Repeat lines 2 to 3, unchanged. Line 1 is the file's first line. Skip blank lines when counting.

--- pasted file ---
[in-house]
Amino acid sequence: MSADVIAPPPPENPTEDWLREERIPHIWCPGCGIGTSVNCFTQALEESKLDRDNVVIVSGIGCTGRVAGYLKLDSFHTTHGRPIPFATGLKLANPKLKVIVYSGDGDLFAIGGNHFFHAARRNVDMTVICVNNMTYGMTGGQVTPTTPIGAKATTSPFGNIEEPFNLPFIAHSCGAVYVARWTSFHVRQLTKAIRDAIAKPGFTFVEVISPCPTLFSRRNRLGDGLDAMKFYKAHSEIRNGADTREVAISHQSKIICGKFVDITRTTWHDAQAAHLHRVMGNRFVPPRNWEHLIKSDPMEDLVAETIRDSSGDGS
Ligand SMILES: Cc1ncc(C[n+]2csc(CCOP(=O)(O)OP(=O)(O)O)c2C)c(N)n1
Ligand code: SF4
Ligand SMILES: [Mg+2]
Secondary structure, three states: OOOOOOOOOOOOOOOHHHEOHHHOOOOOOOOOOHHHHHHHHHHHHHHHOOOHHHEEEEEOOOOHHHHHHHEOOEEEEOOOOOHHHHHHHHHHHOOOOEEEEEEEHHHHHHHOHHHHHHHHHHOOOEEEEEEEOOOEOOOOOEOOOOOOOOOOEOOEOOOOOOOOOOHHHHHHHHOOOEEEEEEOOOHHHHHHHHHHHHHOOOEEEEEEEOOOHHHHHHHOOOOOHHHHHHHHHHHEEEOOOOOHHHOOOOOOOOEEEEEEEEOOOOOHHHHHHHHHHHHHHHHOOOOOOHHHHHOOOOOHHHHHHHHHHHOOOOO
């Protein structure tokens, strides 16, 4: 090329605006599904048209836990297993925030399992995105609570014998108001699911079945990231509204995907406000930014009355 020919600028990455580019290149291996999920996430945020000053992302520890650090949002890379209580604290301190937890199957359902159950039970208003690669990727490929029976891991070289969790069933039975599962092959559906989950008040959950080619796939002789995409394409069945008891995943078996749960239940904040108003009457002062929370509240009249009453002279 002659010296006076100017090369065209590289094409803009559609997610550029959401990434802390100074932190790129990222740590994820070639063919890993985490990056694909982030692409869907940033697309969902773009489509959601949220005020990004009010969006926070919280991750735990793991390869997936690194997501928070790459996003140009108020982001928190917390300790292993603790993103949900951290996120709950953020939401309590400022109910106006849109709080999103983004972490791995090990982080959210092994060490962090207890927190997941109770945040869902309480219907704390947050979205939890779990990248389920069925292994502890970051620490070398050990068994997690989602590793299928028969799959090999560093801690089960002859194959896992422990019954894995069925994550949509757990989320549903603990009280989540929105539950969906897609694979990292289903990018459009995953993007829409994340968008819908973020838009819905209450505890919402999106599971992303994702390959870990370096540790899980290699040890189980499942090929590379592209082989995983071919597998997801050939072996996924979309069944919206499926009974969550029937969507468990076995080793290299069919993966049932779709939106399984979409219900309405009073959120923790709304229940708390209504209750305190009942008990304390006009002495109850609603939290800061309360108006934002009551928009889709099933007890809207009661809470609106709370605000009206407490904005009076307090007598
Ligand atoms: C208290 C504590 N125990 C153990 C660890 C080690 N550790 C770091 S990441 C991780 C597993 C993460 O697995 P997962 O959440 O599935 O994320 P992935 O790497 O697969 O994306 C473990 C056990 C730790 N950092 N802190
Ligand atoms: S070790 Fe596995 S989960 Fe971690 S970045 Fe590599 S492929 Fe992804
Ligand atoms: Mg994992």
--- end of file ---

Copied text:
Amino acid sequence: MSADVIAPPPPENPTEDWLREERIPHIWCPGCGIGTSVNCFTQALEESKLDRDNVVIVSGIGCTGRVAGYLKLDSFHTTHGRPIPFATGLKLANPKLKVIVYSGDGDLFAIGGNHFFHAARRNVDMTVICVNNMTYGMTGGQVTPTTPIGAKATTSPFGNIEEPFNLPFIAHSCGAVYVARWTSFHVRQLTKAIRDAIAKPGFTFVEVISPCPTLFSRRNRLGDGLDAMKFYKAHSEIRNGADTREVAISHQSKIICGKFVDITRTTWHDAQAAHLHRVMGNRFVPPRNWEHLIKSDPMEDLVAETIRDSSGDGS
Ligand SMILES: Cc1ncc(C[n+]2csc(CCOP(=O)(O)OP(=O)(O)O)c2C)c(N)n1